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ArticleVolume Number May 24, 2019

The IDF publishes the 2.0 version of its Guide to Good Animal Welfare in Dairy Production

La FIL publie son Guide 2.0 sur le bien-être des bovins laitiers
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Last April, the International Dairy Federation (IDF) unveiled its 2.0 version of the Guide to Good Animal Welfare in Dairy Production.

There has been a significant evolution in dairy production since the previous edition was published in 2008. This guide has been technically supported by the United Nations Food and Agriculture Organization (FAO) and the World Organisation for Animal Health (FAO).

What is the purpose of this international guide?

Bulletin IDF Guide

It provides the basis for the development of codes or programs to assess welfare in dairy production, such as the Code of Practice for the Care and Handling of Dairy Cattle of the National Farm Animal Care Council of Canada.  It suggests areas of action, but also elements or behaviours to observe in order to assess on-farm animal well-being.

 

 

 

The five fields of action of the guide

Five key areas of action have been identified to ensure the effective management of the welfare of dairy cattle around the world:

  1. Animal handling
  2. Feed and water
  3. Housing/Environment
  4. On-farm practices
  5. Health management

Several basic principles are suggested to meet the requirements of each field of action. Here are some examples:

In terms of animal handling, people must foster a positive relationship with the animals so as not to cause them injury, panic, fear or avoidable stress. The manipulators must have the necessary knowledge.

Feed and water must be available in sufficient quality and quantity according to the age of the animals to enable normal health and productivity to be maintained and to prevent prolonged periods of hunger, thirst or malnutrition.

The housing or any place where animals move must be adapted for the species in order to minimize the risk of injury, pain and the risk of transmitting diseases or parasites to the animals.

Air quality, temperature and humidity must be adequate to keep animals healthy. Under extreme temperature conditions, animals should not be deprived of their natural thermoregulation method.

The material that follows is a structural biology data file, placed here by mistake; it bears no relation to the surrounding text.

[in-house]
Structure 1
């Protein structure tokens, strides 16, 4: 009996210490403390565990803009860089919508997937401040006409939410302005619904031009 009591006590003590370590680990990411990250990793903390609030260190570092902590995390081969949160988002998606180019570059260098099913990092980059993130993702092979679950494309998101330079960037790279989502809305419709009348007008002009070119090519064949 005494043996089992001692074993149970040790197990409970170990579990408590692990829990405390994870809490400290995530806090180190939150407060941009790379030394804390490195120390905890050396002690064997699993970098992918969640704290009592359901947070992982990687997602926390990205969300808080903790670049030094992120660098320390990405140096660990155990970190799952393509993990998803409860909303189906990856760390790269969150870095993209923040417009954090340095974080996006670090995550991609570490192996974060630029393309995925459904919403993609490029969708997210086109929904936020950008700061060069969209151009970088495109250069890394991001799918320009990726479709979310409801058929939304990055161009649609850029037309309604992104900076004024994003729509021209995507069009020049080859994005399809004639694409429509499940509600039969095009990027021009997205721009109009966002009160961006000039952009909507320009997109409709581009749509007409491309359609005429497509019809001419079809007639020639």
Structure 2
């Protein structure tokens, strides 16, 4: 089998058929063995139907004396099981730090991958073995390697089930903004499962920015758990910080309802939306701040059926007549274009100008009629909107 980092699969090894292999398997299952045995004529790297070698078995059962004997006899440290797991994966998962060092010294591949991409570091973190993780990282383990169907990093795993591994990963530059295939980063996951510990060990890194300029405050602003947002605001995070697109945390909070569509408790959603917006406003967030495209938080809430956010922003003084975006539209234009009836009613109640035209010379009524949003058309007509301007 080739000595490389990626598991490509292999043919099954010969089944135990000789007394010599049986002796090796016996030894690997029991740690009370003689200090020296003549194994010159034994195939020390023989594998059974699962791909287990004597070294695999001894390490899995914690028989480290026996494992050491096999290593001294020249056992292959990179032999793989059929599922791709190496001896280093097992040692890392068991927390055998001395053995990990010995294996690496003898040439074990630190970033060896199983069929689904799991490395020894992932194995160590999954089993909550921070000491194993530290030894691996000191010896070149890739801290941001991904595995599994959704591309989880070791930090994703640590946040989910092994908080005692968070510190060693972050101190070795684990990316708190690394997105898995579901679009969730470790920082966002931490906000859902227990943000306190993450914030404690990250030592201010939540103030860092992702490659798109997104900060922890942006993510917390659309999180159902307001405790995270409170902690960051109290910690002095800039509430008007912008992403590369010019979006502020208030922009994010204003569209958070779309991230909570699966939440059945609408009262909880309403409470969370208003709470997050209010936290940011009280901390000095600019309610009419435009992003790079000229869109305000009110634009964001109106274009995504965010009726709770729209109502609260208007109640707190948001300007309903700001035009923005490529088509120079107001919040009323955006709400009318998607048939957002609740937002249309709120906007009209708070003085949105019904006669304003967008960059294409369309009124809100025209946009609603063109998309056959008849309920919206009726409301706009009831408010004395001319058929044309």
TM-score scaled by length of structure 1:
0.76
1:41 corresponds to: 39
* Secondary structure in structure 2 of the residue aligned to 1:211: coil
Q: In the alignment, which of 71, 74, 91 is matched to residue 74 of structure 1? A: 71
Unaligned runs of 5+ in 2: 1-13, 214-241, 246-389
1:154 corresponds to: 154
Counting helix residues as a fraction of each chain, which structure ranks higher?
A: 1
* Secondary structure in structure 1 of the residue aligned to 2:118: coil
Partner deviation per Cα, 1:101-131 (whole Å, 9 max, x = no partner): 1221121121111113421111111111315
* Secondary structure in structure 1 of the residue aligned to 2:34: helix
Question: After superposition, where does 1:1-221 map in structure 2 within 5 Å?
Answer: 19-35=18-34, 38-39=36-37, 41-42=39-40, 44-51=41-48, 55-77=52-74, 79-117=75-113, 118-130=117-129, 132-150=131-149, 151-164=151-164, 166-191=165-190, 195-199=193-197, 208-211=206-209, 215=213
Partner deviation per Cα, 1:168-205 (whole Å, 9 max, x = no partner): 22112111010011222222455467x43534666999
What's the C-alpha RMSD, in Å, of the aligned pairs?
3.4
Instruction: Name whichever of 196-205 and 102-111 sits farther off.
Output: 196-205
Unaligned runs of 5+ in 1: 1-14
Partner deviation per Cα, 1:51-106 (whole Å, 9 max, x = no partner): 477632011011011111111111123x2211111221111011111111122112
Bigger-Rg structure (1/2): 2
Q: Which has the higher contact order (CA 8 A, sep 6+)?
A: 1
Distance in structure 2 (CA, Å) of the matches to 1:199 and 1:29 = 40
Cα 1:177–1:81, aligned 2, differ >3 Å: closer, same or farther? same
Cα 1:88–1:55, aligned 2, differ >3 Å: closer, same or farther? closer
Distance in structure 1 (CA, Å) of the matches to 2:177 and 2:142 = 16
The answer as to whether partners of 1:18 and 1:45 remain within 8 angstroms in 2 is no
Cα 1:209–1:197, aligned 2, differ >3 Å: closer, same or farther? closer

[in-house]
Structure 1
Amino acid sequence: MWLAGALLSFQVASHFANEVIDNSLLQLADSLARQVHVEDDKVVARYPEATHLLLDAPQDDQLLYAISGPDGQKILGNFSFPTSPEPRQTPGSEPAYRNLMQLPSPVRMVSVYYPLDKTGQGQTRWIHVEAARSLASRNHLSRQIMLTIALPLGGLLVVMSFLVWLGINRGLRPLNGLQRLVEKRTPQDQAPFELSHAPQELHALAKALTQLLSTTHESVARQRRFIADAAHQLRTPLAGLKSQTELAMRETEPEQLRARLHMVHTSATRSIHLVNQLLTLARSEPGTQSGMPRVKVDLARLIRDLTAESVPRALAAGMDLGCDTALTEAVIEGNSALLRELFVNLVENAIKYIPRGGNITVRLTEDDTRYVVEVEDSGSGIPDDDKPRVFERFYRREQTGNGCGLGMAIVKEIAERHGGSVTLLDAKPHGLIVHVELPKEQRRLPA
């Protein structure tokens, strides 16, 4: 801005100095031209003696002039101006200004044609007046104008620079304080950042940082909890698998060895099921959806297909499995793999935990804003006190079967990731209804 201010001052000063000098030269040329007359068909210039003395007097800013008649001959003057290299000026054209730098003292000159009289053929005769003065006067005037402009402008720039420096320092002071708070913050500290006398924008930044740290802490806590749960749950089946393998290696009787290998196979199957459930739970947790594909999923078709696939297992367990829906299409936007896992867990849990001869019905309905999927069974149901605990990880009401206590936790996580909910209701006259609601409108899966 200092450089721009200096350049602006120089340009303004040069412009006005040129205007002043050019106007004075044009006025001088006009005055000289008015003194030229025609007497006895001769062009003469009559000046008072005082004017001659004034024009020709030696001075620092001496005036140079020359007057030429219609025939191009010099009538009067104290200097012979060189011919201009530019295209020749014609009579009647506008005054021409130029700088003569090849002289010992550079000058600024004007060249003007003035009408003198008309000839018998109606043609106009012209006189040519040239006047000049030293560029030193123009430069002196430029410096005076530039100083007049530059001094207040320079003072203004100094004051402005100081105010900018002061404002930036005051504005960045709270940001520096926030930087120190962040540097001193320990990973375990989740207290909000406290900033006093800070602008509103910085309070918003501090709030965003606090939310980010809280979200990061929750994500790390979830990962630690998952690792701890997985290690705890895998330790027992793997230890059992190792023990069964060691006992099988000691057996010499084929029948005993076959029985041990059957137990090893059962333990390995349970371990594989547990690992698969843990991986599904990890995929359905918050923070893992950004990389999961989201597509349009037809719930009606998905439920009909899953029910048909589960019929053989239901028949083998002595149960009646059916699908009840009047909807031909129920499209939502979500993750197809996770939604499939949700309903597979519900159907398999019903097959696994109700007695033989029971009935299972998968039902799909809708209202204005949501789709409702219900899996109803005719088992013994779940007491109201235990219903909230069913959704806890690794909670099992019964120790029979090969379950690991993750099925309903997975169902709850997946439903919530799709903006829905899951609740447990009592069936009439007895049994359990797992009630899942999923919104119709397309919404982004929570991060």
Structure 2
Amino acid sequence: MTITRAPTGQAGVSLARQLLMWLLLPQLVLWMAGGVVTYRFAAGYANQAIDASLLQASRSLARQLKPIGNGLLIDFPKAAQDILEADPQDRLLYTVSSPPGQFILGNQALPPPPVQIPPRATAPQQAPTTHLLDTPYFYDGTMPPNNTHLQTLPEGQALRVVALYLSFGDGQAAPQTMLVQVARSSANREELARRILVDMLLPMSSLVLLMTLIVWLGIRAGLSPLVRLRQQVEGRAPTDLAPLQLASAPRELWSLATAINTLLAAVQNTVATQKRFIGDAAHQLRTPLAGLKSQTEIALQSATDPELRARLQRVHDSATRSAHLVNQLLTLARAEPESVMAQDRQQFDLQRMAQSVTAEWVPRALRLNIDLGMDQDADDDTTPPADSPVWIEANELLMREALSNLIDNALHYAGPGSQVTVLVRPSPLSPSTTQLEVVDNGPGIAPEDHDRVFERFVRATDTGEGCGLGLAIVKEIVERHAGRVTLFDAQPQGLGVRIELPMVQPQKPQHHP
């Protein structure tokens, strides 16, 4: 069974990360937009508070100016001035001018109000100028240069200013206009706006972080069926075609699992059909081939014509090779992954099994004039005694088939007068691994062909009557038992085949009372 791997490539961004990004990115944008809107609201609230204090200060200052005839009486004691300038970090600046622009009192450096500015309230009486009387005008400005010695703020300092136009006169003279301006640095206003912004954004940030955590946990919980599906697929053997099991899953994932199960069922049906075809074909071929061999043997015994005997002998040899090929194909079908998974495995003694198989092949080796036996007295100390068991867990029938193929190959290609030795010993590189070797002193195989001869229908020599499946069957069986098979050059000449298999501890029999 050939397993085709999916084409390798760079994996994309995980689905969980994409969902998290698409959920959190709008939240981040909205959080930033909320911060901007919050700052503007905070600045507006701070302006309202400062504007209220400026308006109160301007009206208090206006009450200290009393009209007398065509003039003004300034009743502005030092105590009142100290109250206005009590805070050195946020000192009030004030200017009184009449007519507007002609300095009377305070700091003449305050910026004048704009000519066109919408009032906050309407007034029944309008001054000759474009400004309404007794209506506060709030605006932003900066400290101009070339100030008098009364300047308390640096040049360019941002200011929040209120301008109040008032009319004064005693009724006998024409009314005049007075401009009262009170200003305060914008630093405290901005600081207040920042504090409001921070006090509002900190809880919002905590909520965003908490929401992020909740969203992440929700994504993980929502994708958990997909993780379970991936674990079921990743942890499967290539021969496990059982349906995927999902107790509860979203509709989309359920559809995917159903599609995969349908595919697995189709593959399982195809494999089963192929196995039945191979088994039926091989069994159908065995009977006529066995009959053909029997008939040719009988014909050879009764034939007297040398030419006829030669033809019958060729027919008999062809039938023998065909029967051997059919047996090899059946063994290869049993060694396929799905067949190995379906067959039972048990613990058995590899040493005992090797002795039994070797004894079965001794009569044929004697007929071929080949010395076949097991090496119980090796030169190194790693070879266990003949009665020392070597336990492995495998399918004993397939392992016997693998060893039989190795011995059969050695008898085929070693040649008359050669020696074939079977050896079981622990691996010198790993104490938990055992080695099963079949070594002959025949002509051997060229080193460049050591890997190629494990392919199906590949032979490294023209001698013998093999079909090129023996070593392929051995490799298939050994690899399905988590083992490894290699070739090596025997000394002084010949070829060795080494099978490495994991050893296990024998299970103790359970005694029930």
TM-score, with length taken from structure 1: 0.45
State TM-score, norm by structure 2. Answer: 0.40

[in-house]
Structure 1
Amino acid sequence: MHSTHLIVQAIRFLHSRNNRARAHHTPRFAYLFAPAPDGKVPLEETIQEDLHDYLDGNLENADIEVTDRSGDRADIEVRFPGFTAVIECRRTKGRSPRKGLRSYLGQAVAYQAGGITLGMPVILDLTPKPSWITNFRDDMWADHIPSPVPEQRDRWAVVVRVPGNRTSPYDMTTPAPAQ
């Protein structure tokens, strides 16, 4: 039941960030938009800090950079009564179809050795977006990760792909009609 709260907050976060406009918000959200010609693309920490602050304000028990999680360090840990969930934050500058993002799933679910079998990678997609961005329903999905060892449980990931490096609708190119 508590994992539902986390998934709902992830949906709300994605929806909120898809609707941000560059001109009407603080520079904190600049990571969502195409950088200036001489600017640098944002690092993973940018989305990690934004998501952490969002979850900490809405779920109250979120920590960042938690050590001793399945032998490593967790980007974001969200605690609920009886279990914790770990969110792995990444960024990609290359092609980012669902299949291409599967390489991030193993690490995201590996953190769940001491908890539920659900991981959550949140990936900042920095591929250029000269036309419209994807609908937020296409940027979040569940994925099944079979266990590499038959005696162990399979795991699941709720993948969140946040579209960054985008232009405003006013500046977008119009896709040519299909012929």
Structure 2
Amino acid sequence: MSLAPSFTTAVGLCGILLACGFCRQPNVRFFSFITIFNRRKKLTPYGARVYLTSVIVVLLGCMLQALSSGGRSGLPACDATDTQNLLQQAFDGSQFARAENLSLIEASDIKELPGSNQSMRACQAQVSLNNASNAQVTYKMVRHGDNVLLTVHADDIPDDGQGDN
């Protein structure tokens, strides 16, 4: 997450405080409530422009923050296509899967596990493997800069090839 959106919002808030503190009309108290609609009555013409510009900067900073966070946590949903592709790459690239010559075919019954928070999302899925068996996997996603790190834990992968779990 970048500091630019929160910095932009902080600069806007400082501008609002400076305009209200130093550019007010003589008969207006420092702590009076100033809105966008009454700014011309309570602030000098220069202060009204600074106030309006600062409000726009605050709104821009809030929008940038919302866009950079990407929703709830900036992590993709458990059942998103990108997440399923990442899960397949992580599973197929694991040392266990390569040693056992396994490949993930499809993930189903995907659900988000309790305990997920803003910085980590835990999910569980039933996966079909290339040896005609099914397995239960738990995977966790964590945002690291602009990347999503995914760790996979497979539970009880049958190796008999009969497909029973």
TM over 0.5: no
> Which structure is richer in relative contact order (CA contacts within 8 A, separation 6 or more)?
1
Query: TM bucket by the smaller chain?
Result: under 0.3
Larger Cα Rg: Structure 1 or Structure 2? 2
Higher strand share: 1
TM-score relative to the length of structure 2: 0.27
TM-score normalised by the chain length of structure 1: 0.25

As for the physical environment, it must contain a comfortable lying surface, allow safe movements and normal postural changes.

Animals must have the opportunity to perform the natural behaviours they are used to doing or the motivation to do them.

Animals in groups must be managed so that they exhibit positive social behaviour and behaviours that will minimize the risk of injury, distress or chronic fear.

With regard to on-farm practices, genetic selection must always take into account animal health and welfare. Animals chosen to be in a new environment must be adapted to the climate and also able to adapt to the diseases, parasites and food of the new environment.

When painful procedures must be performed and cannot be avoided, the resulting pain must be relieved by one of the many methods available.

Health management must be ensured through the prevention of diseases and parasites and controlled by good management practices. Animals with serious diseases must be isolated and treated promptly or euthanized humanely if treatments are not feasible or ineffective.

What‘s new compared to the current Canadian guide?

Most of the requirements of this guide are already covered by the Canadian Code of Practice, with the exception of the following two :

  • An environment in which air quality, temperature and humidity help to keep animals healthy;
  • The possibility for animals to perform the natural behaviours they are used to doing or the motivation to do them.

How do you see these recommendations? Are they logical, reasonable, exaggerated, encouraging, threatening, discouraging...?   I look forward to reading your comments.

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